After that, the robot relies on simultaneous localization and mapping (SLAM) to navigate, and it operates completely on its own. It travels from its charging station, through hallways, up and down elevators if necessary, and performs the disinfection without human intervention before returning to recharge.

The robots can travel through hallways, up and down elevators if necessary, and perform the disinfection without human intervention before returning to recharge.

For safety, the robot operates when people are not around, using its sensors to detect motion and shutting the UV lights off if a person enters the area.

It takes between 10 and 15 minutes to disinfect a typical room, with the robot spending one or two minutes in five or six different positions around the room to maximize the number of surfaces that it disinfects. The robot’s UV array emits 20 joules per square meter per second (at a one meter distance) of 254-nanometer light, which will wreck 99.99 percent of germs in just a few minutes without the robot having to do anything more complicated than just sit there.

The process is more consistent than a human cleaning since the robot follows the same path each time, and its autonomy means that human staff can be freed up to do more important tasks like interacting with patients.

A shipment of robots from UVD Robots arrives at a hospital in Wuhan, where the first coronavirus cases were reported in December.

Vici Helps During Virus Outbreak

D  octors are communicating with infected patients without exposing themselves to the virus by using a robot.

Since the coronavirus can transmit from person to person, doctors at the Washington state Providence Regional Medical Center are using Vici, which was developed by InTouch Health to treat patients.

“Telehealth devices like the robot assist caregivers in performing basic diagnostic functions and allow them to communicate easily with the patient,” Rebecca Bartles, the executive director of system infection prevention at Providence St. Joseph Health, told Digital Trends recently. “This helps reduce the number of up-close interactions which, in turn, minimizes the risk of exposure to caregivers.”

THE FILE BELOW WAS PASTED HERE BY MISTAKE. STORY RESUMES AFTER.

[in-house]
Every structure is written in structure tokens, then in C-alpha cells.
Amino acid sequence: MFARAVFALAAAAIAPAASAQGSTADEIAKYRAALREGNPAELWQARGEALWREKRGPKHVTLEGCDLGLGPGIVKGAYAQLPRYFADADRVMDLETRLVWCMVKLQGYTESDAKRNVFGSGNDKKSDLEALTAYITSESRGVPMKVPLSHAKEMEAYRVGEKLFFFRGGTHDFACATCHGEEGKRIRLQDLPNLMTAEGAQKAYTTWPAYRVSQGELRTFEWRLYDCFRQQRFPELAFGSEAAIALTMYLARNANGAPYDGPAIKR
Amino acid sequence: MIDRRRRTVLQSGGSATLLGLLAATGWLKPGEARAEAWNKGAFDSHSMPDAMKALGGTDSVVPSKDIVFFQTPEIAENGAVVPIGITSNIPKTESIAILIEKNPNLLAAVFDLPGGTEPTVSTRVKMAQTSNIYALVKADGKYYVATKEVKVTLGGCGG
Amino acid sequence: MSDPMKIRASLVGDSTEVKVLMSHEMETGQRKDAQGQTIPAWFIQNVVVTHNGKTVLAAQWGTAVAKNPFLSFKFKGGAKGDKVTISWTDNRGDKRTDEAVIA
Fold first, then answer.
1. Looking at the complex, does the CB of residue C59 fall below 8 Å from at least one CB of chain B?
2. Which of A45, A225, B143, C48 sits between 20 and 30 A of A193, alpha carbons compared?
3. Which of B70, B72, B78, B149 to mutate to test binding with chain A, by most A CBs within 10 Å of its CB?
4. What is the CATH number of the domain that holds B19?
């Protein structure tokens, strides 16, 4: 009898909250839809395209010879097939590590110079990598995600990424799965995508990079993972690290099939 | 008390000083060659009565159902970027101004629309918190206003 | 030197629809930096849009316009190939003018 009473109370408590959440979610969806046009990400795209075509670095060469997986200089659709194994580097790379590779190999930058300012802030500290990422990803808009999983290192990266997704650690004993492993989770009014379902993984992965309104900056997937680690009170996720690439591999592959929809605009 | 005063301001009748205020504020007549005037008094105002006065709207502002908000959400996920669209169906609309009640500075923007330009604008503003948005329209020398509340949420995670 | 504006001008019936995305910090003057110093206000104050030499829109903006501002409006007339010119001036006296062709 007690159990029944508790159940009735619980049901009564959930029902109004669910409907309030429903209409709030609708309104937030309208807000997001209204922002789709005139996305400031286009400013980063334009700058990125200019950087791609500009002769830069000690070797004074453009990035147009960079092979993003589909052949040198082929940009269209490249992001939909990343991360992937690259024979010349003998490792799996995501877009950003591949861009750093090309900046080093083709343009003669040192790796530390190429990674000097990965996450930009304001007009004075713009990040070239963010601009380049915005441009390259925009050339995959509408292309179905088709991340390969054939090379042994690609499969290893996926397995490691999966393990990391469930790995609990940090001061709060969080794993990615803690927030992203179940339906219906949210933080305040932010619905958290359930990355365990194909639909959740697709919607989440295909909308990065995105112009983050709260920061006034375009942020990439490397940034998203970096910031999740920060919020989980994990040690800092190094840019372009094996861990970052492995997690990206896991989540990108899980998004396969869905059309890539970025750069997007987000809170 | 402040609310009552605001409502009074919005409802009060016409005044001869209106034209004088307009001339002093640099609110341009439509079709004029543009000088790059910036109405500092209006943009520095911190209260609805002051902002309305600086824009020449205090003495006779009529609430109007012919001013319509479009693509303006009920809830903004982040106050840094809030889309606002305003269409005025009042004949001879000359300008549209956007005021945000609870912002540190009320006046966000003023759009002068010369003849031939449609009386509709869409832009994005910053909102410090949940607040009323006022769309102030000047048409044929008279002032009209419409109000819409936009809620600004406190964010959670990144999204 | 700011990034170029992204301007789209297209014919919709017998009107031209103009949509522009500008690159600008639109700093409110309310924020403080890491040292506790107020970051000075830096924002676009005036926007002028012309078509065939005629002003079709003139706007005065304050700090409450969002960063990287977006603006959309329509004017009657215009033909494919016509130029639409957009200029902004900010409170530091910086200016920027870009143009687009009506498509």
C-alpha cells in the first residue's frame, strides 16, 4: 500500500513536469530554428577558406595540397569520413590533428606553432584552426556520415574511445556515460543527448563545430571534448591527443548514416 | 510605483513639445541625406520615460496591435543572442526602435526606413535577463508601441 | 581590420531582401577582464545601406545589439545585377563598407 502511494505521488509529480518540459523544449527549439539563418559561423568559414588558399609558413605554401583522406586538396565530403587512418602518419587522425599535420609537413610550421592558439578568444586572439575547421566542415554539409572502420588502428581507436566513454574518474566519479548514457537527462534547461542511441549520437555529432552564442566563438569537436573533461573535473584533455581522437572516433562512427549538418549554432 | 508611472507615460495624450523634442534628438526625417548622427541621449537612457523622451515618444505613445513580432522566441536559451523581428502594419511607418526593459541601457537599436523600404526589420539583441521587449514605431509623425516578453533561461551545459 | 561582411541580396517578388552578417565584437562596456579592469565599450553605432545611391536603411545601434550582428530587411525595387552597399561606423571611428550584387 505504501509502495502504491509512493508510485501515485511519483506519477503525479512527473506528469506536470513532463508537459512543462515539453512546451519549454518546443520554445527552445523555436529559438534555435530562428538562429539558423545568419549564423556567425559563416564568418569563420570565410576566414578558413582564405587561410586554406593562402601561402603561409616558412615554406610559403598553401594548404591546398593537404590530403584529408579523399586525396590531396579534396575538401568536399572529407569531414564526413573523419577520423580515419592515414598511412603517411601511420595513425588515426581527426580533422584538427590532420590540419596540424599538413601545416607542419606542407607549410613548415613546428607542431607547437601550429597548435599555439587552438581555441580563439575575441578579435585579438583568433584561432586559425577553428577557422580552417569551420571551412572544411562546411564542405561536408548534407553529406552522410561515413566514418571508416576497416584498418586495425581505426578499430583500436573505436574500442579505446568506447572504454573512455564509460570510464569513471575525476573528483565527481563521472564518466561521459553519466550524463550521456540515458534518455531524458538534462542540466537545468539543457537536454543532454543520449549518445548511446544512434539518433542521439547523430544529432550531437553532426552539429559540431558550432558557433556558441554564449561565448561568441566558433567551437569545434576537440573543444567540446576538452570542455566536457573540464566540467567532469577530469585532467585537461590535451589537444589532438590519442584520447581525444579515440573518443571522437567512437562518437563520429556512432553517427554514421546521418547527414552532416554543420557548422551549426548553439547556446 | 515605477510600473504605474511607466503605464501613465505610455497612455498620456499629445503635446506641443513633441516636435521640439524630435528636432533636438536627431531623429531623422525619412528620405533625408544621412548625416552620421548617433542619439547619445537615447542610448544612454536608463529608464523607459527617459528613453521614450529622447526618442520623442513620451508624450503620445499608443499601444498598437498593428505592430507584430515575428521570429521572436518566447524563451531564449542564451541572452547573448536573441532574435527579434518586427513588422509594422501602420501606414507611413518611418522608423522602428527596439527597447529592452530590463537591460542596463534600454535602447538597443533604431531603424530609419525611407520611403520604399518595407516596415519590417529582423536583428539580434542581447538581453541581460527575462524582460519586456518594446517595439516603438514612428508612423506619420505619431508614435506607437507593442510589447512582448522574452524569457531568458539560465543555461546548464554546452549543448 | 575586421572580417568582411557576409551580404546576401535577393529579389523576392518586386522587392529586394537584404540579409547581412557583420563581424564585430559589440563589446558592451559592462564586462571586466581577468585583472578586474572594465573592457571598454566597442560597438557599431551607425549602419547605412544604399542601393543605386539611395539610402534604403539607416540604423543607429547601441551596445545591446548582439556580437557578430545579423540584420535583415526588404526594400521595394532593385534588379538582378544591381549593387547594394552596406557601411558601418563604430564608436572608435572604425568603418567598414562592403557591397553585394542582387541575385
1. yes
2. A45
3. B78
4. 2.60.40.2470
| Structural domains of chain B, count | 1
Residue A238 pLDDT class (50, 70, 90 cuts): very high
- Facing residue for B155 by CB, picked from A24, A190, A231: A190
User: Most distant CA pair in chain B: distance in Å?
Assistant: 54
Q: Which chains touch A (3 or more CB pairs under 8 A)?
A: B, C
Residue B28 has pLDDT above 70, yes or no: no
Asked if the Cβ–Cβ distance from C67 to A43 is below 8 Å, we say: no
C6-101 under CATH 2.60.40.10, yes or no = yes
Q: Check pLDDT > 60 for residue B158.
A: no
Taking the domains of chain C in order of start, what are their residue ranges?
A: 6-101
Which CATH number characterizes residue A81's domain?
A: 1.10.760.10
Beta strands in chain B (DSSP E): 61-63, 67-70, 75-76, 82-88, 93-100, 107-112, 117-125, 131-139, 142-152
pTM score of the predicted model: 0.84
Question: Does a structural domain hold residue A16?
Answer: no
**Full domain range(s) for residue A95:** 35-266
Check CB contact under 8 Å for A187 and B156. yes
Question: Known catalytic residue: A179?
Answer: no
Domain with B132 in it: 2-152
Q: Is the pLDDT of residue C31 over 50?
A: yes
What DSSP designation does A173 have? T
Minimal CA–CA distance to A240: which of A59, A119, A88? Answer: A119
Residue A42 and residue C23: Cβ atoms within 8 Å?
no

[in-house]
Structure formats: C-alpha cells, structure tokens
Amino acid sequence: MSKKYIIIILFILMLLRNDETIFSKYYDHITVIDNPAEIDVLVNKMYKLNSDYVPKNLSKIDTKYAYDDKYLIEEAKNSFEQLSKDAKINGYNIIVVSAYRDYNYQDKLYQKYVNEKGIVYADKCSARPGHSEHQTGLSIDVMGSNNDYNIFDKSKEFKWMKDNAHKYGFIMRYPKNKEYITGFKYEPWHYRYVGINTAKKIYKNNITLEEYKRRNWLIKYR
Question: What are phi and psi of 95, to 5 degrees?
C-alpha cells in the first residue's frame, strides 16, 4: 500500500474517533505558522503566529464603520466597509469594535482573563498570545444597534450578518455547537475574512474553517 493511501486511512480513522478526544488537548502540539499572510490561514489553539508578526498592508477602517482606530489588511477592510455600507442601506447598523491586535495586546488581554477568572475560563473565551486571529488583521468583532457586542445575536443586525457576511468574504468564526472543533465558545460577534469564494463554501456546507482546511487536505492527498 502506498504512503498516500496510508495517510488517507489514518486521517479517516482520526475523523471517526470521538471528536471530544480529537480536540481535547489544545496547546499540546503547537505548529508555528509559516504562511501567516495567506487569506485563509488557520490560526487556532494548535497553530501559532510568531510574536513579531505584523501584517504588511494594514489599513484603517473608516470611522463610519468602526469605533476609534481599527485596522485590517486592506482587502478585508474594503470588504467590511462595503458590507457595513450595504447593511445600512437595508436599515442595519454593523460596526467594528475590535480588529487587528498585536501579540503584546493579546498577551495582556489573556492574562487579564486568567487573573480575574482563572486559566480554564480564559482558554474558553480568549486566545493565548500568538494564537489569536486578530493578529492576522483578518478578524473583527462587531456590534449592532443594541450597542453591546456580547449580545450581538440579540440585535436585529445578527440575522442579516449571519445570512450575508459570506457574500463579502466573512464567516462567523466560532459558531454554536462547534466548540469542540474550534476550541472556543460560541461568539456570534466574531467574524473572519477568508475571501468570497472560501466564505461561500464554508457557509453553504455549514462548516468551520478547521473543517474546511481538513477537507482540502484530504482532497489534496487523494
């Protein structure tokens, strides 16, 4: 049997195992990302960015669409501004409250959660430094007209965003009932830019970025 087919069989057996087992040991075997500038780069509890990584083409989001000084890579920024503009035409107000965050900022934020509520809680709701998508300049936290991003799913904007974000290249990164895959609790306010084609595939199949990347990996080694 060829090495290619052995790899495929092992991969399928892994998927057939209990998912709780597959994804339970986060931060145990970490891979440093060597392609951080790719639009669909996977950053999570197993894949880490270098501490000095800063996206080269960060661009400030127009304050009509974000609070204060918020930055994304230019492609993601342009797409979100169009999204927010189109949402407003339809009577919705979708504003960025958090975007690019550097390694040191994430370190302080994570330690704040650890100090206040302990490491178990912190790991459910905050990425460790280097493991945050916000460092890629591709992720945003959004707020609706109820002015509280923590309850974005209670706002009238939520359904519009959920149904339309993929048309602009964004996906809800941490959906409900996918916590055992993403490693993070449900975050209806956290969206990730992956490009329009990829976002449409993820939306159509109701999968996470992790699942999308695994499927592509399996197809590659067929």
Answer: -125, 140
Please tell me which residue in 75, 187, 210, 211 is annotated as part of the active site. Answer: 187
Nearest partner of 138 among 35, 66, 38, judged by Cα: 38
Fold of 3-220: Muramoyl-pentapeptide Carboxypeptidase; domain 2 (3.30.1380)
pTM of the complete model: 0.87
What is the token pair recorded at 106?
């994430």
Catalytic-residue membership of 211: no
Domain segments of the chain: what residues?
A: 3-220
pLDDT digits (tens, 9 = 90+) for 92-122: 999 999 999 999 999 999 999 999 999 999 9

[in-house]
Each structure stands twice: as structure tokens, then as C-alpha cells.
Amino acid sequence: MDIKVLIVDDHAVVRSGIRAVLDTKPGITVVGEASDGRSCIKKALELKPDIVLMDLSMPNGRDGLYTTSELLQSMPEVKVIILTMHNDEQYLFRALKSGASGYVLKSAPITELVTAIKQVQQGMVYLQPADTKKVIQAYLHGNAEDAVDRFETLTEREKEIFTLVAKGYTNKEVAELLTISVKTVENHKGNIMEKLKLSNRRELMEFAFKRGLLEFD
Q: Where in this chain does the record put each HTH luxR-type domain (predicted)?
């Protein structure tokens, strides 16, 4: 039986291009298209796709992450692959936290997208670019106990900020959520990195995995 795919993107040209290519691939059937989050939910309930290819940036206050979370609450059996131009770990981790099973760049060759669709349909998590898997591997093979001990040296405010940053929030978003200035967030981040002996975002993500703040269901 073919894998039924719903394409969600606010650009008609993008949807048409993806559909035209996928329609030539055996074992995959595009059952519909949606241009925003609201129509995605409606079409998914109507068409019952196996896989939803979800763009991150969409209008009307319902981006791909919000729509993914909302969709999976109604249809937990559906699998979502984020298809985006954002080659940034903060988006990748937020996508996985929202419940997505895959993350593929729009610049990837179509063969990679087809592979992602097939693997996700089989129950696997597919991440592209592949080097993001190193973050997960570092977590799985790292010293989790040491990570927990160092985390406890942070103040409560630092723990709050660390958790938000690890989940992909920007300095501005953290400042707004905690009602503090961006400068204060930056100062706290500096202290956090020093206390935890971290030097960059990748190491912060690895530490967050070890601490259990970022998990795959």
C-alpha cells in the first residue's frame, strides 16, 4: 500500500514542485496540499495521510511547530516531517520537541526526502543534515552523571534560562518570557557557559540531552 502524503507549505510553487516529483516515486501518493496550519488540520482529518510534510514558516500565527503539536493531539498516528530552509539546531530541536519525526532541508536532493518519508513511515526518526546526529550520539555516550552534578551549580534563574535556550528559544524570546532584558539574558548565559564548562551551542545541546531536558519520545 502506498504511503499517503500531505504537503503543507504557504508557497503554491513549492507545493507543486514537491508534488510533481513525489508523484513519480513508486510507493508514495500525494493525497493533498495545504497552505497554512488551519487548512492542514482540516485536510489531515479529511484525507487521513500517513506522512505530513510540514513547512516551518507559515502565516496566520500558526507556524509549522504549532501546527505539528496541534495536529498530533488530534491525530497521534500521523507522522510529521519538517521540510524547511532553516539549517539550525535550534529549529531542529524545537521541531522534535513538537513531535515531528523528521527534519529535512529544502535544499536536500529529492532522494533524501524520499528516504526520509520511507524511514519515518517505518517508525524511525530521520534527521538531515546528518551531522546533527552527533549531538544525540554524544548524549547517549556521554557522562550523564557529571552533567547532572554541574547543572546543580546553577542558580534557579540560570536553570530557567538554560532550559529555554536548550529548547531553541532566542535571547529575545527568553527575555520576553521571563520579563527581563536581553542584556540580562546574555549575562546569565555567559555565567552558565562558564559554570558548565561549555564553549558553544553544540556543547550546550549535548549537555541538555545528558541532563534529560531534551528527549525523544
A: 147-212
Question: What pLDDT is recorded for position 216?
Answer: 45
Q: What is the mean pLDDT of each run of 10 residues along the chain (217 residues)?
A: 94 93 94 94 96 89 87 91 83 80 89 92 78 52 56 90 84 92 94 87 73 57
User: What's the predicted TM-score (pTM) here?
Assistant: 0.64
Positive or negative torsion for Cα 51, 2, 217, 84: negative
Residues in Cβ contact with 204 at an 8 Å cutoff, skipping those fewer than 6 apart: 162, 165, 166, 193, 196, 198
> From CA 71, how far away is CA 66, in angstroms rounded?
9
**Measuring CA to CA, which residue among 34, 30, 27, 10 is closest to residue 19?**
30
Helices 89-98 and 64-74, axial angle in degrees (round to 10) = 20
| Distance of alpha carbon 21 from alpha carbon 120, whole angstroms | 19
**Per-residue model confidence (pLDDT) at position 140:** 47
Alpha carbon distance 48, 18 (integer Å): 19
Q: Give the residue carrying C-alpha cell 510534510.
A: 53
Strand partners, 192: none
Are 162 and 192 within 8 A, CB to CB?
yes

Vici has a high definition screen and camera, which allows a doctor or a nurse to help a patient without having to come in contact with them.

Vici is most commonly used for doctors located farther away to be able to chat with and examine their patients, but in this case, it’s for the health and safety of the hospital’s employees.

“The nursing staff in the room move the robot around so we can see the patient in the screen, talk to him,” Dr. George Diaz, chief of the infectious disease division at Providence, told CNN. “They’re looking for an ongoing presence of the virus.”

Drone Dodge Ball

The days of knocking an annoying drone out of the air with a precisely thrown rock might soon be over. Researchers at the University of Zurich have upgraded a drone with a special camera that can quickly spot approaching obstacles, allowing the craft to avoid them with reaction times as fast as 3.5 milliseconds.

Even drones being controlled by a skilled pilot can benefit from an obstacle avoidance system, which allows the craft to keep an eye out for obstacles in its flight path and automatically avoid a crash in the event a pilot doesn’t see a hazard or react fast enough to dodge it.